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Wilton A. Person
Wilton A. Person, Immigration Lawyer
Category: Immigration Law
Satisfied Customers: 4147
Experience:  Knowledgeable and experienced immigration lawyer.
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Hello, In April 2013, I applied for a family based green

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In April 2013, I applied for a family based green card application by filing I130, i485, i864 and all other relevant forms. My wife who is petitioning for me is a USC. However, she is a student and has no income. However, because I am currently employed in the US with a H1B visa, I was able to use myself as the sponsor in i864. Now, I just recently quit my job to attend school and as a result, my H1B status has ended as well. My green card interview is coming up in about a month and I have the following questions:

- Given that I have already been assigned an interview date, do I need to worry about sending in a new I864 with a joint sponsor who has enough income to sponsor me? Or is it possible that all sponsor-level checks have already happened and that I needn't worry anymore?
- If I should get a joint sponsor, do I need to mail in a separate form right away, or can I put together all the required documents and just provide them on the interview date?
- If I do need to send the form right away, will I also need to reschedule my upcoming interview date? How would I know that they have reviewed my new i864 form before the interview date?

I understand that these are very specific questions, but I would greatly appreciate your help on this matter.

Thanks so much
Generally speaking, it is better to stand with the application that is filed because adding supplemental applications can sometimes delay the application process.

However, the change of circumstances in income is very relevant with respect to your green card because the petitioner must be able to prove that the beneficiary will not become a public charge. To that extent, resigning from your job to attend school has the potential to delay your green card if the USCIS officer needs additional time to review the joint sponsor's information or he or she may be comfortable proceeding forward with the application.

1) It is possible that all of the sponsor information has been approved but the I-864 is a requirement that may be verified at the interview so it would be a good idea to have a joint sponsor available with a completed I-864 Affidavit of Support. Mailing the information as a supplement prior to the interview if there is a window of time to do so without a request for additional evidence may only cause confusion with your green card application.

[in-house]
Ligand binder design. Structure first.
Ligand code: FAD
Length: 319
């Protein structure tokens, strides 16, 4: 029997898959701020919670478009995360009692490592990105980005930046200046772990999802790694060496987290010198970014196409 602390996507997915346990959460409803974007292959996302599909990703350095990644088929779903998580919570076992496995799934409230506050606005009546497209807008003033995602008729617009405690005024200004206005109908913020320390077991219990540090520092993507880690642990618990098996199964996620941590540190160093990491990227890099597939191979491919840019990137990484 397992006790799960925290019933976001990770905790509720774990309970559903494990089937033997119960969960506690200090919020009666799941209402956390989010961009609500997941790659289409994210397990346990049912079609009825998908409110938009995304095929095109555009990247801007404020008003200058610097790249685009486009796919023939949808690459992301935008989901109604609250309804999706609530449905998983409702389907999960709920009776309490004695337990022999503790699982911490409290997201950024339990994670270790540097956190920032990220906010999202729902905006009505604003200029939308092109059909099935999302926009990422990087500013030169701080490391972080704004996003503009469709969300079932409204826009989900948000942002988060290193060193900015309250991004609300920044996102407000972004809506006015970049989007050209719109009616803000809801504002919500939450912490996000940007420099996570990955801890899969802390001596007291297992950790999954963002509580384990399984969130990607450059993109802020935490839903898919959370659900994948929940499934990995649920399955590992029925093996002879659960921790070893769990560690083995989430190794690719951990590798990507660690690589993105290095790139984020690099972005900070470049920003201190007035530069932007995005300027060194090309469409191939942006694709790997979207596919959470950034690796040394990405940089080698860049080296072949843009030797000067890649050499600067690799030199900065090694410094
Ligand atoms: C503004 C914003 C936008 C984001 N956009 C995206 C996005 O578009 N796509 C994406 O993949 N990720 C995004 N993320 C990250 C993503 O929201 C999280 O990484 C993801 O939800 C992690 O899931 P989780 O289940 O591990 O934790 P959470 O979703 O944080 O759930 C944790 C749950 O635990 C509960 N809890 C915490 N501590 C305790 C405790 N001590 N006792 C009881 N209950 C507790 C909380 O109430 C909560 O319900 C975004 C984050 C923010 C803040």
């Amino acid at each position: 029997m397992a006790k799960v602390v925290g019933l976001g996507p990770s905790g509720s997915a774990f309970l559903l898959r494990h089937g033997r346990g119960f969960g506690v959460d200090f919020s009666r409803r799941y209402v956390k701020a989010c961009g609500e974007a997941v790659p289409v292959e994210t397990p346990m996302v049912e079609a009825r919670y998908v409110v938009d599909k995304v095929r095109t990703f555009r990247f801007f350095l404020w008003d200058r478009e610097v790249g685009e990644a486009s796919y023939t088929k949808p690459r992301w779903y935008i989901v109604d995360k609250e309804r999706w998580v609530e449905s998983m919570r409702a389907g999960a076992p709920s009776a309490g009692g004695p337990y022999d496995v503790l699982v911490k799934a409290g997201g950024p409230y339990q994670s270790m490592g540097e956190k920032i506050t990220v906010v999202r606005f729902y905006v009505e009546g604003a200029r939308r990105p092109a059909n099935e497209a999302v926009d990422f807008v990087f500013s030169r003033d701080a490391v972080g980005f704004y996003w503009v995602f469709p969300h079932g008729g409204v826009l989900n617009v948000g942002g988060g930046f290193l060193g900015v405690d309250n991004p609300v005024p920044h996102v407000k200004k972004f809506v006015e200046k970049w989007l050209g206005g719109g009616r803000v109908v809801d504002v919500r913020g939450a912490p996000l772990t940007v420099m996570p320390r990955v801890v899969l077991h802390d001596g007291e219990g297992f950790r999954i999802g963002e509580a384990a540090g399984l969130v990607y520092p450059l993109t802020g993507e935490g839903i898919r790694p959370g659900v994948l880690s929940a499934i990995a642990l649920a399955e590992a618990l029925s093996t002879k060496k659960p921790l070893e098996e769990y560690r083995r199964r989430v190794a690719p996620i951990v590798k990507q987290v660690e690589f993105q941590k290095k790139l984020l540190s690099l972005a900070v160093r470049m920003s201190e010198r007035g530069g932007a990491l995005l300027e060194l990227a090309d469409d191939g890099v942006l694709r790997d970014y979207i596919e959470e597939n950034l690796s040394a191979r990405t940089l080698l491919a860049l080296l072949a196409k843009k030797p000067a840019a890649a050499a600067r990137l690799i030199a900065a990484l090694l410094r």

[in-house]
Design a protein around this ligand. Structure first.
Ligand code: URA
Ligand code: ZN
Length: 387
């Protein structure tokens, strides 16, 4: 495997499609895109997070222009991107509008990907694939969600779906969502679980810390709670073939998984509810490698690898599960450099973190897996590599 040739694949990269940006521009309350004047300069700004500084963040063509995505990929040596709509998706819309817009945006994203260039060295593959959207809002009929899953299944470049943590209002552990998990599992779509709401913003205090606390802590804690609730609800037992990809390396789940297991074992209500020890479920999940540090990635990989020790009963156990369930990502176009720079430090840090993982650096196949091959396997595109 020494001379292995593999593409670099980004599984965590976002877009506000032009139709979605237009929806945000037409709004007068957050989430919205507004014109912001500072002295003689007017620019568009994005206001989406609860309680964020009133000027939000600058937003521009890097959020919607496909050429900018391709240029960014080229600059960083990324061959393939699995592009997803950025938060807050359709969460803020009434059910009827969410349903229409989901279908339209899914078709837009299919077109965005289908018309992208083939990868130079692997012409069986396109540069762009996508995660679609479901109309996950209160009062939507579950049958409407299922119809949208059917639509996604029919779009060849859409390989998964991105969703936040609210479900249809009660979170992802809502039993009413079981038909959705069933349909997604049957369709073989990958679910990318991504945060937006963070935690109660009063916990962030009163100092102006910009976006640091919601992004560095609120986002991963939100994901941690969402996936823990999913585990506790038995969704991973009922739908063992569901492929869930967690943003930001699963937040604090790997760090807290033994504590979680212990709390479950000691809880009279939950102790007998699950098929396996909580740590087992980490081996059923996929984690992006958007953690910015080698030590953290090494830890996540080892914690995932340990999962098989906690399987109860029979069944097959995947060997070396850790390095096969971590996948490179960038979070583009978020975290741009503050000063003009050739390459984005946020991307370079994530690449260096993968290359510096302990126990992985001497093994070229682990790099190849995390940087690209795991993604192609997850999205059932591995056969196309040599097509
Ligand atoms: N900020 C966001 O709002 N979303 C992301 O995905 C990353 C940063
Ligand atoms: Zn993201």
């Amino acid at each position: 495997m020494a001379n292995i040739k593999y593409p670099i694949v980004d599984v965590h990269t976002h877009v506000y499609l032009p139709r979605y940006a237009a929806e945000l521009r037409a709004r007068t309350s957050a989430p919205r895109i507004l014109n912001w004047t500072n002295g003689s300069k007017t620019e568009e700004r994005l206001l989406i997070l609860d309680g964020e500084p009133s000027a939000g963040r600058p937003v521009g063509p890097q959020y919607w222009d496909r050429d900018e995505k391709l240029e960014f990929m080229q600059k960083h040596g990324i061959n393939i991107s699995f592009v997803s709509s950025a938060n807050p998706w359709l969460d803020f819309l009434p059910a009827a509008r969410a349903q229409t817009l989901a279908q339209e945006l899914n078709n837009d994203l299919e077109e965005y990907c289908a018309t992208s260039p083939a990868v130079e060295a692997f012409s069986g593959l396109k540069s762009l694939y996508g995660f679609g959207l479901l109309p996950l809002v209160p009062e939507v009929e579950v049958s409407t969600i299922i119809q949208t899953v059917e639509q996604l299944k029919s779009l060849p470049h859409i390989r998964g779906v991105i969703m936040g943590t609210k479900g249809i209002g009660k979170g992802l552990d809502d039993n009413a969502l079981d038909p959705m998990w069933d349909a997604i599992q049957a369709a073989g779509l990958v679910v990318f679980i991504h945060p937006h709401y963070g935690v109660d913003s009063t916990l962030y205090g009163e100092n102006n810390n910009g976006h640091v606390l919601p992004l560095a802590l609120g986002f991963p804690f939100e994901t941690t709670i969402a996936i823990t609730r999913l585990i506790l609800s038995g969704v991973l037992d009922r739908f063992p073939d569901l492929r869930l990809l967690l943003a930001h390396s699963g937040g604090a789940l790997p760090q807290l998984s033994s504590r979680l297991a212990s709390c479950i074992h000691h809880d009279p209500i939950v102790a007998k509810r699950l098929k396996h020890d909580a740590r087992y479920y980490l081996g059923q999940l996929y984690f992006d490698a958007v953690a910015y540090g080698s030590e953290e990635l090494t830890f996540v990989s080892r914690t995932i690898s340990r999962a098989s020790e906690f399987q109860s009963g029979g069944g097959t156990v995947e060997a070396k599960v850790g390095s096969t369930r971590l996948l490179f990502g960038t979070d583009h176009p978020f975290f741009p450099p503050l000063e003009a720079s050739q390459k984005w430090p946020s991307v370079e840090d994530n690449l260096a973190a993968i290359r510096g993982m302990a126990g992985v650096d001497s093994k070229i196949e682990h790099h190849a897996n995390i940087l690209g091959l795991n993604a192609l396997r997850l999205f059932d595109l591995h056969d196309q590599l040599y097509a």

2) As mentioned above, with an interview already on the books, it would probably be a good idea to have both the I-864 Affidavit of Support at the interview if it is necessary.

However, it would probably be a good idea to have an immigration attorney review your application prior to the interview.

Customer: replied 3 years ago.

Thanks for the prompt response. So what you are suggesting is that I should have the documents available and only present them at the time of the interview if I am asked for them? Also, how/why would having an attorney review my application help in this situation? How much should I be looking to pay them for such a review? Any recommendations for attorneys in the NYC area would also be highly appreciated!



You are welcome. Yes, it is always better to be prepared considering that the income situation of the household has changed.

An experienced immigration attorney could provide insight and points and most importantly provide you legal advice to assist you. There is not an immigration attorney that I could personally refer you to in New York City. I would not anticipate that you pay more than a few hours of work for a thorough review and an opinion letter but the hourly rate is much higher in New York and most larger cities.
Customer: replied 3 years ago.

Thanks again! Is it really common to use opinion letters for immigration matters? Also, what purpose would the letter really serve?

You are welcome. It is common for persons who prefer to have professional legal advice rather than take a chance that some important aspect of the application may be overlooked. Immigration law has many nuances that an experienced attorney can help a client navigate the immigration process. An opinion letter would be a document that a person could rely as he or she moves forward with the process to avoid risking the application being denied and/or delayed.
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